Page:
Home > Psychosocial interventions to reduce alcohol consumption in concurrent problem alcohol and illicit drug users.

Klimas, Jan and Tobin, Helen and Field, Catherine-Anne and O'Gorman, Clodagh SM and Glynn, Liam G and Keenan, Eamon and Saunders, Jean and Bury, Gerard and Dunne, Colum and Cullen, Walter [The Cochrane Library] . (2014) Psychosocial interventions to reduce alcohol consumption in concurrent problem alcohol and illicit drug users. London: Wiley. Cochrane Database of Systematic Reviews, 12 16 p. DOI 10.1002/14651858.CD009269.pub3

URL: http://onlinelibrary.wiley.com/enhanced/doi/10.100...


Which talking therapies (counselling) work for drug users with alcohol problems?

 

Review question

We wanted to determine whether talking therapies have an impact on alcohol problems in adult users of illicit drugs (mainly opiates and stimulants) and whether one type of therapy is more effective than another.

 

Background

Problematic use of alcohol (that is drinking above the recommended safe drinking limits) can lead to serious alcohol problems or dependence. Excessive drinking in people who also have problems with other drugs is common and often makes these problems worse as well as having serious health consequences for the person involved.

 

Psychosocial interventions are talking therapies that aim to identify an alcohol problem and motivate an individual to do something about it. They can be performed by trained staff (for example, doctors, nurses, counsellors, psychologists, etc.). Talking therapies may help people reduce their drinking but their impact in people who also have problems with other drugs is unknown.

 

Search date: The evidence is current to June 2014.

 

Study characteristics

We found four studies that examined 594 people with drug problems. One study focused on the way people think and act versus an approach based on Alcoholics Anonymous, aiming to motivate the person to develop a desire to stop using drugs or alcohol. One study looked at a practice that aimed to identify and alcohol problem and motivate the person to do something about it versus usual treatment. One study looked at a counselling style for helping people to explore and resolve doubts about changing their behaviour (group and individual format) versus hepatitis health promotion. The last study looked at the same style versus assessment-only.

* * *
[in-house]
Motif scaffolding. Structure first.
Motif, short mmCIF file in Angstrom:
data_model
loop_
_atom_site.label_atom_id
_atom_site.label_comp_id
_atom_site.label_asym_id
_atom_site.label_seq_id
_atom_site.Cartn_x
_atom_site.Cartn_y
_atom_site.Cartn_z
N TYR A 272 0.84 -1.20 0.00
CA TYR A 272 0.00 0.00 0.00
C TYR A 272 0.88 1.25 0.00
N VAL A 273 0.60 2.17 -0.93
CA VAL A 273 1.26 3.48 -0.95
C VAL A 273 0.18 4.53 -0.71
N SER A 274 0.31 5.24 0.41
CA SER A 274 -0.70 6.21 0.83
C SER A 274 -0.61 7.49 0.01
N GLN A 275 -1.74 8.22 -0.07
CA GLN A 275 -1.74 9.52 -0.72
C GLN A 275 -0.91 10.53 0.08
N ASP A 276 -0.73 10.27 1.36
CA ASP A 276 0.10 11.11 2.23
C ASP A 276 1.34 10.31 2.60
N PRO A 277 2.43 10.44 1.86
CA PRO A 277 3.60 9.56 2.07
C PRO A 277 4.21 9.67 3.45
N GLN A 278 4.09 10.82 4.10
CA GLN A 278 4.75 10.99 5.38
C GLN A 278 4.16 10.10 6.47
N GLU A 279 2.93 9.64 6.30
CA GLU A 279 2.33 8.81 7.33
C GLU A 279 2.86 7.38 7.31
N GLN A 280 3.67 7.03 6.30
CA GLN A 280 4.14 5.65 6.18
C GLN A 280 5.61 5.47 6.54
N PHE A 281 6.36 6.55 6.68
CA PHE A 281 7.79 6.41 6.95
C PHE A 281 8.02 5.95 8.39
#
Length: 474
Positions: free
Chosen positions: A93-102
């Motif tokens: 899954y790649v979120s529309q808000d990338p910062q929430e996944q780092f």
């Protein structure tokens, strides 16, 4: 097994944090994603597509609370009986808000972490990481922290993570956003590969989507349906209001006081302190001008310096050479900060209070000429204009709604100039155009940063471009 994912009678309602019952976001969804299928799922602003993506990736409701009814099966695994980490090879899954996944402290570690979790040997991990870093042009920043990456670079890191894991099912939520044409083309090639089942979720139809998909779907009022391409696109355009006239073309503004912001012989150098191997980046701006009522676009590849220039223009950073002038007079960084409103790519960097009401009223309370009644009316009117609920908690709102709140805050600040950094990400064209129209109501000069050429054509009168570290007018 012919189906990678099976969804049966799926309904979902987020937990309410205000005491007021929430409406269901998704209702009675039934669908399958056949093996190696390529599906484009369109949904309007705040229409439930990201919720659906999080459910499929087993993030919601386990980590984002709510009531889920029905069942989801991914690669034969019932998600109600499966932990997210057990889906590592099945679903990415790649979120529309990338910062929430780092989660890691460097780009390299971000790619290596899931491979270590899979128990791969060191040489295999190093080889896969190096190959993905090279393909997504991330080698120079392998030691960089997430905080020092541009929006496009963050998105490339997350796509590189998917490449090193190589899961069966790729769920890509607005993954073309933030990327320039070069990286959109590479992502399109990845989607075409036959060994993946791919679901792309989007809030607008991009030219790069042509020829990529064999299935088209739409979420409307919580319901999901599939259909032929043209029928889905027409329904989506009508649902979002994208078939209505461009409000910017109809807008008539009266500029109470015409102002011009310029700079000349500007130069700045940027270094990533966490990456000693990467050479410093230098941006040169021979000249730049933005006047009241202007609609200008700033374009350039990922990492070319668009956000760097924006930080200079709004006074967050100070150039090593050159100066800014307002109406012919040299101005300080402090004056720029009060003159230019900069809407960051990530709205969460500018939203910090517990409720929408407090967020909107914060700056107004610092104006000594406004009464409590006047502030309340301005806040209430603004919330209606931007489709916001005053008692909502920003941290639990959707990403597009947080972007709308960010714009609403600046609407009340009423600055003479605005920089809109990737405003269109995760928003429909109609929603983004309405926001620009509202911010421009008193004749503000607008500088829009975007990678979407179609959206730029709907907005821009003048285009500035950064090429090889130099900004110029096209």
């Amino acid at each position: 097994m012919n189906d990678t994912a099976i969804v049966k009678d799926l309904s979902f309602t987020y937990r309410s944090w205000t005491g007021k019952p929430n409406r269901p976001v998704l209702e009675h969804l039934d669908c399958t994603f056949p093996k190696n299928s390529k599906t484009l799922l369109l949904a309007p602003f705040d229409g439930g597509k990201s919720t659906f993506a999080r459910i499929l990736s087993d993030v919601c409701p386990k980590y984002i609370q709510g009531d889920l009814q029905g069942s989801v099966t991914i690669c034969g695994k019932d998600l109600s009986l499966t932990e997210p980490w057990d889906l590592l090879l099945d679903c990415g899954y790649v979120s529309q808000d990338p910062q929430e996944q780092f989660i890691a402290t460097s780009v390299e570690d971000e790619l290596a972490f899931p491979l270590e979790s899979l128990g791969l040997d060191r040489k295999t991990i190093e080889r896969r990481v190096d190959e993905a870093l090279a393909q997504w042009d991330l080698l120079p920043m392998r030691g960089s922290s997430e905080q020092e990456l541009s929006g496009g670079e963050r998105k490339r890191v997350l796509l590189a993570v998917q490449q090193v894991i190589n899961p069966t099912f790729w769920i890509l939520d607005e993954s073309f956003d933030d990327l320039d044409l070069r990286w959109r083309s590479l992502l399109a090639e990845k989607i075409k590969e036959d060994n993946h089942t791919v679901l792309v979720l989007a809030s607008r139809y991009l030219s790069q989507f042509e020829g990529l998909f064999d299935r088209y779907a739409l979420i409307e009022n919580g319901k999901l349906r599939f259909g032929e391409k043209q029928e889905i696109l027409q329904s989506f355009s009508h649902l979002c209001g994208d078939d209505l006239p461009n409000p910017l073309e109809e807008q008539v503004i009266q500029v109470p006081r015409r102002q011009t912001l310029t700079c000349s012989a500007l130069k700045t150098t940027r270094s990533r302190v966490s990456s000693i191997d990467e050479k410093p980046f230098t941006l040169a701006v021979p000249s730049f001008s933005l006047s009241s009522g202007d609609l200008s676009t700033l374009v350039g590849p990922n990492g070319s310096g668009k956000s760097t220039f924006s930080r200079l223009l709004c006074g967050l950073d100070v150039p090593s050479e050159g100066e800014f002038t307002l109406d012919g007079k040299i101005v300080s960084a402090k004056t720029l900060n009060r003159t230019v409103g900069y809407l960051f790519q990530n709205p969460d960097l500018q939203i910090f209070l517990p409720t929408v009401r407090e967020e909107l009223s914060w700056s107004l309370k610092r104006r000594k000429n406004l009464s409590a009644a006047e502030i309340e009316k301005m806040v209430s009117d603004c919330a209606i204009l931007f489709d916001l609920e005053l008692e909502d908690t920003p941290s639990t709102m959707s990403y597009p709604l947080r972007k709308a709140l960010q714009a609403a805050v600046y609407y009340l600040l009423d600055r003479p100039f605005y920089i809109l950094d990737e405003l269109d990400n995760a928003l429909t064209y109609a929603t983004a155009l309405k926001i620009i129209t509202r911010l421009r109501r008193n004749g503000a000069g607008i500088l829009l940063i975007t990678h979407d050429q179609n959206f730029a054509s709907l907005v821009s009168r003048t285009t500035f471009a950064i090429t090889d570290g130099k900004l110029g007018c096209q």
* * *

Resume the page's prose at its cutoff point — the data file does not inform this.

Key results

Overall, there was low-quality evidence only for the comparisons reported in this review.

- The studies were so different that we could not combine their results to answer our question.

- It remains uncertain whether talking therapies affect drinking in people who have problems with both alcohol and other drugs because of the low quality of the evidence.

- It remains uncertain whether talking therapies for drinking affect illicit drug use in people who have problems with both alcohol and other drugs. There was not enough information to compare different types of talking therapies.

- Many of the studies did not account for possible sources of bias.

- More high-quality studies, such as randomised controlled trials, are needed to answer our question.

Item Type:Evidence resource
Publication Type:Review
Drug Type:Alcohol, Alcohol or other drugs in general
Intervention Type:Psychosocial treatment method
Source:The Cochrane Library
Date:August 2014
Pages:16 p.
Publisher:Wiley
Place of Publication:London
Volume:12
EndNote:View
Accession Number:HRB (Electronic Only)
Subjects:J Health care, prevention and rehabilitation > Health care administration > Health care quality control
A Drugs and alcohol use, abuse, and dependence > Prevalence of drugs and alcohol use > Problem drugs and alcohol use
HJ Treatment method > Psychosocial treatment method
G Health and disease > Drugs and alcohol disorder > Multiple drugs and alcohol use (Polydrug)

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